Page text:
During the Jim Crow era, the Merrill Center was a segregated facility barred to African-Americans, which some believe contributes to the current-day controversy. Hollingsworth called the inability to renovate the Merrill Center the greatest disappointment of her tenure in an exit interview in December 2016.


Recently, parks officials have asked for replacements to the vans used to transport youth to activities. The current vans lack working air conditioning and frequently break down, they said. Jefferson, a seventh-grade math teacher at Robert F. Morehead Middle School, said he grew up going to the Merrill Center before going on to the University of Arkansas at Pine Bluff. His mother used to work there, he said.


“When I walk in there, it looks a lot like it did when I went there in the late ’90s,” Jefferson said. “It’s just saddening, because there’s been funds that’s promised to the Merrill Center for improvement, and for some reason they never seem to get it. What that reason is I’m not sure why, but it shouldn’t take three and four years for a community center to receive funds to improve facilities and vans… as a whole it is not up to par. Back in 2013, they had some money to contribute to the center that the center would never receive. If you ask one person what’s going on, they’ll blame it on another person. It’s just a lot of ripping and running that’s just not right.”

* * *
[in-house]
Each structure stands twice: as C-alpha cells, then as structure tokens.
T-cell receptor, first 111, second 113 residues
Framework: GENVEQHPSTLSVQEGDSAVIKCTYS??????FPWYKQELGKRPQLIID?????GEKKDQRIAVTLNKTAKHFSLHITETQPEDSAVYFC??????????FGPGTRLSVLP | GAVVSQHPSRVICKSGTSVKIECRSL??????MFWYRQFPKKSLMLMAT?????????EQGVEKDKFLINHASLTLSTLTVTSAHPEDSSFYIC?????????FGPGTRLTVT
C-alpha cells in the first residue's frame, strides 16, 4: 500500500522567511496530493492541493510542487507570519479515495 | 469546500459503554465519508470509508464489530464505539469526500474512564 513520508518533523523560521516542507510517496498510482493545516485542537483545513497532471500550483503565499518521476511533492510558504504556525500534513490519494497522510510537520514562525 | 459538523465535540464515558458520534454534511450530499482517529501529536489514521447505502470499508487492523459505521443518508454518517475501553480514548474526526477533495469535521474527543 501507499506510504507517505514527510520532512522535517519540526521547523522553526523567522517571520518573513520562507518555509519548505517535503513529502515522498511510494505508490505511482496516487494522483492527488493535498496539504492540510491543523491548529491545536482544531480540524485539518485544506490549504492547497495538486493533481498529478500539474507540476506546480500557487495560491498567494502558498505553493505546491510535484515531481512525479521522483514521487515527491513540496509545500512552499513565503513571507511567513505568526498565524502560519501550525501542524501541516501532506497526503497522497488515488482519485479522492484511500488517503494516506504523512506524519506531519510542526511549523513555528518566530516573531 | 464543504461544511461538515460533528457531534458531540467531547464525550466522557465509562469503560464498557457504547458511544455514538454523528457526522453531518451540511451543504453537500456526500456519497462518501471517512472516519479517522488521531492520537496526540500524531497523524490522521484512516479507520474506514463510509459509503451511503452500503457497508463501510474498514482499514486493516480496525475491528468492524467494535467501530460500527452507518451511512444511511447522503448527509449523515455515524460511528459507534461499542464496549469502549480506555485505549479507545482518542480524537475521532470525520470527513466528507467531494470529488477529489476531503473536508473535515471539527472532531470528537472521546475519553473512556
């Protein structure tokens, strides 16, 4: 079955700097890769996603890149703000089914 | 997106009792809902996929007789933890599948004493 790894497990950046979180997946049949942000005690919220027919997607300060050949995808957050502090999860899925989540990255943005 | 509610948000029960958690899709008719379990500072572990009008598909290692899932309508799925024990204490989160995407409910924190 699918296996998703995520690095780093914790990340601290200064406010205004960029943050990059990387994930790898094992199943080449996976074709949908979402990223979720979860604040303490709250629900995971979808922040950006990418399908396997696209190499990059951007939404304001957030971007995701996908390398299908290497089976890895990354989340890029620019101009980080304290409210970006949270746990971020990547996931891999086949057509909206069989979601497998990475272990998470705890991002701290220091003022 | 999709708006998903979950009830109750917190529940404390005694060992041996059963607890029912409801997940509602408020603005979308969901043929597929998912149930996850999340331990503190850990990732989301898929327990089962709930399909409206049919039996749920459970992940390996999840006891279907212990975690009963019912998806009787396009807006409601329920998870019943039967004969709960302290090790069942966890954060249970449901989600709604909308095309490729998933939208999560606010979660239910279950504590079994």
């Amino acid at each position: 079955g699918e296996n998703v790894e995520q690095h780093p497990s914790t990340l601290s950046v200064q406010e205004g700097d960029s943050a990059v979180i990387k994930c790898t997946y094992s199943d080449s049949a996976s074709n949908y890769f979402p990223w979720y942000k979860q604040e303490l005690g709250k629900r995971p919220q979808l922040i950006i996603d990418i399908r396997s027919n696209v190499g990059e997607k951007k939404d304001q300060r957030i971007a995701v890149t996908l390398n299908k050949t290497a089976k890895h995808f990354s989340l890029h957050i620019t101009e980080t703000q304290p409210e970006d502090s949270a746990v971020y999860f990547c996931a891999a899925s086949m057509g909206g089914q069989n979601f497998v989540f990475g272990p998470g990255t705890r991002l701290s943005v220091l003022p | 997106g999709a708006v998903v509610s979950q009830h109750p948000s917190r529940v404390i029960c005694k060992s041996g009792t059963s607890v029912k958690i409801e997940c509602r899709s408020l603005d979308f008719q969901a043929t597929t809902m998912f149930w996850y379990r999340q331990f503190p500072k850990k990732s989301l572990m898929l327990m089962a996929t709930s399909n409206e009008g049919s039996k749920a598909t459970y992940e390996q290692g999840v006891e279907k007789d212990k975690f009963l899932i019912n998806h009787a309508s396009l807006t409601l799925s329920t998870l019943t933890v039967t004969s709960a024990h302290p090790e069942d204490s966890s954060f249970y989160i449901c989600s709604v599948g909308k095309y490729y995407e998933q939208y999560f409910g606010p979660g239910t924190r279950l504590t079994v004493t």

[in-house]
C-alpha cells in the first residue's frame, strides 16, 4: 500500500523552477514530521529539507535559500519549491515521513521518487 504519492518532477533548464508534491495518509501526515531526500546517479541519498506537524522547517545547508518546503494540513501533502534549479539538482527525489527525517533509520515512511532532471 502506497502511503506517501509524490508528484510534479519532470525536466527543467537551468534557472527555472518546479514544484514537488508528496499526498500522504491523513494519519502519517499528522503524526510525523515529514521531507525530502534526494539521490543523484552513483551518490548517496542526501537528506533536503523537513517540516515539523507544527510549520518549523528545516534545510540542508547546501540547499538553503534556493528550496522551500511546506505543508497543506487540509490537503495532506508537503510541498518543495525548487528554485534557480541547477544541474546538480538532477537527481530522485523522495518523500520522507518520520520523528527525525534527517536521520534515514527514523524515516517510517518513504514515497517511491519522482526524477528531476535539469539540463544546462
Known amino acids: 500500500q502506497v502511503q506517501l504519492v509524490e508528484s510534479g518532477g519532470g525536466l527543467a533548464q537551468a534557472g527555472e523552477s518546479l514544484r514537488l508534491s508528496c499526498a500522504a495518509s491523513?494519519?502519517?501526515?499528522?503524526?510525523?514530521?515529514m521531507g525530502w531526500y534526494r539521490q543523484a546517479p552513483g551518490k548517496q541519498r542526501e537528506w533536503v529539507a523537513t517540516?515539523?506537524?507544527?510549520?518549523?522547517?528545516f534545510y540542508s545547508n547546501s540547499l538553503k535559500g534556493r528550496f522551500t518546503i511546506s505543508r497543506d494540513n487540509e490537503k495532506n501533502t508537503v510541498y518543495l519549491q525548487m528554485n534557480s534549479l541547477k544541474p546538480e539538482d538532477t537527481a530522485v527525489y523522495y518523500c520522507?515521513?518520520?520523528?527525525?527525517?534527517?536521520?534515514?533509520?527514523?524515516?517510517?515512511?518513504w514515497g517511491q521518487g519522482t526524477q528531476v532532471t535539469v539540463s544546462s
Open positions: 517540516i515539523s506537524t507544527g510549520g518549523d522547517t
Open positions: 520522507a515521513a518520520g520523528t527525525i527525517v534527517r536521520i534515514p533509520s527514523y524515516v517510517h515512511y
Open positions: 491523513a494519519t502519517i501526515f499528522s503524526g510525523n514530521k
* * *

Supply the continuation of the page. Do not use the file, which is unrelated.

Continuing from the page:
King Jr. said he would like to see the gym’s floor redone, new air conditioning installed, new vans, the roof fixed, new paint with bright colors and a new name for the center.


“It used to be an all-white school years ago,” King Jr. said. “That’s why they want to tear it down.”


Cole said he believes that a renovated center could have prevented some of the fatal crime that has occurred in recent months and years.


“That building could have possibly prevented some of the kids who got caught up in some of the murders over the summer,” Cole said. “Not saying with 100 percent certainty, but we’ll never know.”


The center serves as a safe, accessible haven for many youth in the neighborhood, Cole said. Many kids also receive meals there. He said city officials had voted against the renovations without a solution.